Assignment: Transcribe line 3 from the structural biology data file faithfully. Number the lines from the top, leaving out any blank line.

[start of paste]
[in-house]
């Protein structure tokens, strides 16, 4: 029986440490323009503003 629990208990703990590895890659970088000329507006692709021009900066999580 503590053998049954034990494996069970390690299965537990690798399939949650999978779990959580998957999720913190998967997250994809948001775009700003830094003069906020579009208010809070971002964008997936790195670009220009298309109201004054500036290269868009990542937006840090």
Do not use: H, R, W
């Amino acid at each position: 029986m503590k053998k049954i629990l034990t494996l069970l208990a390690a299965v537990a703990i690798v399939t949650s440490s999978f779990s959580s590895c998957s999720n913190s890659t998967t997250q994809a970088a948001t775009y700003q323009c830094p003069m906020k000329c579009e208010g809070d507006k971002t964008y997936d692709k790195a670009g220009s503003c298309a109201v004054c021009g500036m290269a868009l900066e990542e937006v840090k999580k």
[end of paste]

Do not use: H, R, W